Most of the people who are dealing with income tax stuff these days are finishing up their 2017 returns. But in true journalistic fashion — or at least, what’s supposed to be true journalistic fashion — I’m looking ahead. To my 2018 taxes. And possibly your 2018 taxes, if, like me, you live in a state targeted by last year’s tax cut bill.
I’m actually following the strategy that I suggested in January about how some of us who live in high-tax states with high home values can claw back some of the tax deductions that President Trump and congressional Republicans took from us to help pay for corporate tax cuts and special breaks they gave to real estate people such as . . . Trump.
Let me show you how I’m applying the theory of what I discussed in January. And I’ll also tell you how you might be able to deduct some or all of your charitable contributions if you’re less than 70½ years old, the minimum age at which you can do what I’m doing.
Here’s what I’m doing. Instead of sending personal checks to charities, I send them checks drawn on one of my Vanguard retirement accounts. I have to take federally taxable “required minimum distributions” from my retirement accounts because I’m older than 70½ .
But by having Vanguard send me a check drawn on my retirement account but made out to a charity, I reduce the federally taxable portion of my required distributions.
This means that I’m deducting the donations indirectly — but effectively. It’s annoying, and it generates a lot of paper, including saving the statements I get with each check. But it’s going to save me money come next tax season.
When I could deduct state and local income and real estate taxes, which ran about $30,000 last year, it made sense for my wife and me to itemize deductions. But with a $10,000 maximum deduction for state and local taxes, this year, it’s Standard Deduction City for us, the first time I can remember that being the case.
If you’re in a situation like mine, it seems that my suggestion — please note that it’s a suggestion, as I don’t have standing to give tax advice — seems like a no-brainer. I get to take the standard deduction ($26,600 for my wife and me because of our age) and I get to deduct our contributions indirectly.
It’s annoying and cumbersome to have to leap through hoops rather than just write a check. But I’m getting used to it — and things have actually gotten a bit less complicated as the year has gone on.
For my first eight 2018 contributions, I had to call Vanguard, get a representative on the line, tell the rep the charity’s name, the size of the donation, whether I wanted federal income tax withheld (no) and whether I wanted state income tax withheld (yes, because contributions aren’t deductible for New Jersey income tax purposes),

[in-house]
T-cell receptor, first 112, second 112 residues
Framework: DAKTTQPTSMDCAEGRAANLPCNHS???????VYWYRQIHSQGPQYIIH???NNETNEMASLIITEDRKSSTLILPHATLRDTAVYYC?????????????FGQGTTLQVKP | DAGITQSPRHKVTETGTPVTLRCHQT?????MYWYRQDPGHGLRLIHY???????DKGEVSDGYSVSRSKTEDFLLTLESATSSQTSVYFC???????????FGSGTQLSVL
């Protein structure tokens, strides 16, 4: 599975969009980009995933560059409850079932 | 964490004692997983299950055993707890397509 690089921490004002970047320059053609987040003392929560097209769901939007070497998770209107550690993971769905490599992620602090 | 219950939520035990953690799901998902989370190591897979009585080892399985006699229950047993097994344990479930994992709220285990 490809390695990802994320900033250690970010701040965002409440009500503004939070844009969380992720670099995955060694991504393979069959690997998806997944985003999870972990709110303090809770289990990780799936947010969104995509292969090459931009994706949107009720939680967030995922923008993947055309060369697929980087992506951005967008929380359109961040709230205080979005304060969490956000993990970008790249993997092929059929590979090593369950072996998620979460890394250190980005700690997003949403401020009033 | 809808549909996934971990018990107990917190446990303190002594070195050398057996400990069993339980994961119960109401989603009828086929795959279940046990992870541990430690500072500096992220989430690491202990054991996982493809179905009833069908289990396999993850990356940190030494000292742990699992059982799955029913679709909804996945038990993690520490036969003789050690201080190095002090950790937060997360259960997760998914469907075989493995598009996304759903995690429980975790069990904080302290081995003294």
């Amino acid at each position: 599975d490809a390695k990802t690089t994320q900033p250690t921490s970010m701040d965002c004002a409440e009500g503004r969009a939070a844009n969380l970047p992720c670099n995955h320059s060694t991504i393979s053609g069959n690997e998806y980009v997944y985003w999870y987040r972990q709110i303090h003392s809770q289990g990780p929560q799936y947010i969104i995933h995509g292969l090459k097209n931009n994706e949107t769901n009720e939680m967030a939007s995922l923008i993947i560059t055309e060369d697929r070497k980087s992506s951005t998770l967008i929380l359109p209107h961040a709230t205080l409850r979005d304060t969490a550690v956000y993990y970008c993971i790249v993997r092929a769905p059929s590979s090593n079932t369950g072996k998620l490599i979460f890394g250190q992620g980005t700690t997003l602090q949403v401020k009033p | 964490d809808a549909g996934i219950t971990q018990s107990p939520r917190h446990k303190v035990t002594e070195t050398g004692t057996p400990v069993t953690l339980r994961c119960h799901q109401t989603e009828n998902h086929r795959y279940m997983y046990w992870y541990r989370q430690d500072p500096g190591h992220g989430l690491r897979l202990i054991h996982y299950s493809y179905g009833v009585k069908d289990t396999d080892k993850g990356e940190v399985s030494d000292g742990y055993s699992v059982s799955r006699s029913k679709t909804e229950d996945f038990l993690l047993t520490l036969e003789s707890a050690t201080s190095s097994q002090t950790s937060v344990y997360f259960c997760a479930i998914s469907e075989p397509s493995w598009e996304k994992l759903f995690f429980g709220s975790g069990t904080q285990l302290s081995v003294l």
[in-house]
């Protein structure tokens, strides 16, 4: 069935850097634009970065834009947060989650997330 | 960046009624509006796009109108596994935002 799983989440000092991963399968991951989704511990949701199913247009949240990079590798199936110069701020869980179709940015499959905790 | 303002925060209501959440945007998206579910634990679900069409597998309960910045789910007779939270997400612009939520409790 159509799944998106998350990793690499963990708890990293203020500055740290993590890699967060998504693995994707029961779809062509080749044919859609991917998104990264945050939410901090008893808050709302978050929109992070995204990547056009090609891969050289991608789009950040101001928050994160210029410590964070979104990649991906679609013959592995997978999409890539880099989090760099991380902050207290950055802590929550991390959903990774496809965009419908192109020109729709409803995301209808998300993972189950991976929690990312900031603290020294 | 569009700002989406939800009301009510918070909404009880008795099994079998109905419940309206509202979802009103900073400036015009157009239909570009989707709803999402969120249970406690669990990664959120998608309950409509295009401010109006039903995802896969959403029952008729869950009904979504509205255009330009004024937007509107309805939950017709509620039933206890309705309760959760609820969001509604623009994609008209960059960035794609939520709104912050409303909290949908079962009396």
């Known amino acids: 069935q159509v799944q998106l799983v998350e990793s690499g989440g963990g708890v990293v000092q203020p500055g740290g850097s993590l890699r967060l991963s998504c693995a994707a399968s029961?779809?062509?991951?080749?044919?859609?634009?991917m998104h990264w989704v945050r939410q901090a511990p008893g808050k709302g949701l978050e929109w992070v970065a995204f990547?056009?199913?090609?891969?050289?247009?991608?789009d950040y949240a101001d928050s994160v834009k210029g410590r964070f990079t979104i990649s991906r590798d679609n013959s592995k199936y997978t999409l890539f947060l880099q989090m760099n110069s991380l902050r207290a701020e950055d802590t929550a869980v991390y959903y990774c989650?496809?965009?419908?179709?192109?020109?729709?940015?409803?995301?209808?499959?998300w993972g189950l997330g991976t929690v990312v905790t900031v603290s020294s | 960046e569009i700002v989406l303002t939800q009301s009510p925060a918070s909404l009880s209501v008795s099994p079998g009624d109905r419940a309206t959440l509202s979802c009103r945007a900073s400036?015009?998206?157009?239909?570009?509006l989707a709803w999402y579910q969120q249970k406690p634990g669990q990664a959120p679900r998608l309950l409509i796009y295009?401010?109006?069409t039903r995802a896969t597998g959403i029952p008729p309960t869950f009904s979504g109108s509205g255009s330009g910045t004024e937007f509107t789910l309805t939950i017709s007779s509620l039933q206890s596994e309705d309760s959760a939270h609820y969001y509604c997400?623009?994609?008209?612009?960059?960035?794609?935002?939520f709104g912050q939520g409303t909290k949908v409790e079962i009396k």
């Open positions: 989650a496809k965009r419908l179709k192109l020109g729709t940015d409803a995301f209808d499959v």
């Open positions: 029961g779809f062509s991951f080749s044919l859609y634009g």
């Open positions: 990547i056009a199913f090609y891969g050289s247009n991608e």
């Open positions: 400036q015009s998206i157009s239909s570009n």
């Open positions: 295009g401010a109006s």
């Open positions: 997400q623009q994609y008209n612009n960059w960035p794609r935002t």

I also had to listen, each time, to the seemingly endless disclosures that Vanguard, quite properly, requires the rep to recite.
But the ninth time around, earlier this month, I could fill out an online form rather than talk with a rep. I suspect that Vanguard’s competitors have similar programs in place or soon will.
For anyone like me who’s taking required distributions from retirement accounts and who expects to take the standard deduction in 2018, this strategy is a no-brainer. (It’s not my original idea, by the way. A friend told me about this retirement-income donation loophole, and I checked it out with my accountant before I wrote my advice column 10 weeks ago.)
But what if you’re not 70½ and don’t expect to get full value (or maybe any value) for your charitable contributions this year? You might be able to get a break by lumping several years of deductions together and using them to fund a “donor-advised fund.”
That way, you might end up with itemized deductions high enough above your standard deduction to make itemizing your donations worthwhile.
You can generally set up a donor fund fairly simply and quickly by using an investment firm with which you’re doing business or by using a community fund.
Unlike a regular contribution, which is deductible when you send money to the charity, the money you put into a donor fund is deductible when you write the check to the fund. When the fund sends money to charities, it’s not deductible.
This is a bit complicated and could involve fees. But it may work for you — you’ve got to figure it out or have a tax pro figure it out for you.
So there you are. I think having to leap through all these hoops to get a formerly simply obtainable deduction for charitable contributions is ridiculous. But we’ve got to deal with what we’ve got, not with what we want. Such is life.